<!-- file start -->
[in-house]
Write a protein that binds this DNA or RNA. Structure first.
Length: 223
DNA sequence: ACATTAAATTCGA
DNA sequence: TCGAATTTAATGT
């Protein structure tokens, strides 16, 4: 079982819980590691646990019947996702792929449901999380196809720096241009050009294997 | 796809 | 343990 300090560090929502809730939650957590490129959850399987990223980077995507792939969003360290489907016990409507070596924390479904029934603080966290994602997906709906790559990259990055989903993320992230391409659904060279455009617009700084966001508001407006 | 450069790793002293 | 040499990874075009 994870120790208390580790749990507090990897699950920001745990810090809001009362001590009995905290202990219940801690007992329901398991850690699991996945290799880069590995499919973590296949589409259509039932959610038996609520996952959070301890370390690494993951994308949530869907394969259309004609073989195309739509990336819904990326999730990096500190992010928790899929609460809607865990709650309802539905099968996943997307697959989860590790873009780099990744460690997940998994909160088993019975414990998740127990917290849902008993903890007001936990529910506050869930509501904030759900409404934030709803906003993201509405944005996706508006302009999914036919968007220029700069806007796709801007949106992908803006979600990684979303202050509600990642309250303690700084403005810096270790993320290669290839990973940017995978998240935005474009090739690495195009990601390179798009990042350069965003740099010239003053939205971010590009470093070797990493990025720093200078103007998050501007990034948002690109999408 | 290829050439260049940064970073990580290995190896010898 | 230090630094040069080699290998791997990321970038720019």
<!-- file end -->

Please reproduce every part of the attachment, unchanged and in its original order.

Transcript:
[in-house]
Write a protein that binds this DNA or RNA. Structure first.
Length: 223
DNA sequence: ACATTAAATTCGA
DNA sequence: TCGAATTTAATGT
């Protein structure tokens, strides 16, 4: 079982819980590691646990019947996702792929449901999380196809720096241009050009294997 | 796809 | 343990 300090560090929502809730939650957590490129959850399987990223980077995507792939969003360290489907016990409507070596924390479904029934603080966290994602997906709906790559990259990055989903993320992230391409659904060279455009617009700084966001508001407006 | 450069790793002293 | 040499990874075009 994870120790208390580790749990507090990897699950920001745990810090809001009362001590009995905290202990219940801690007992329901398991850690699991996945290799880069590995499919973590296949589409259509039932959610038996609520996952959070301890370390690494993951994308949530869907394969259309004609073989195309739509990336819904990326999730990096500190992010928790899929609460809607865990709650309802539905099968996943997307697959989860590790873009780099990744460690997940998994909160088993019975414990998740127990917290849902008993903890007001936990529910506050869930509501904030759900409404934030709803906003993201509405944005996706508006302009999914036919968007220029700069806007796709801007949106992908803006979600990684979303202050509600990642309250303690700084403005810096270790993320290669290839990973940017995978998240935005474009090739690495195009990601390179798009990042350069965003740099010239003053939205971010590009470093070797990493990025720093200078103007998050501007990034948002690109999408 | 290829050439260049940064970073990580290995190896010898 | 230090630094040069080699290998791997990321970038720019």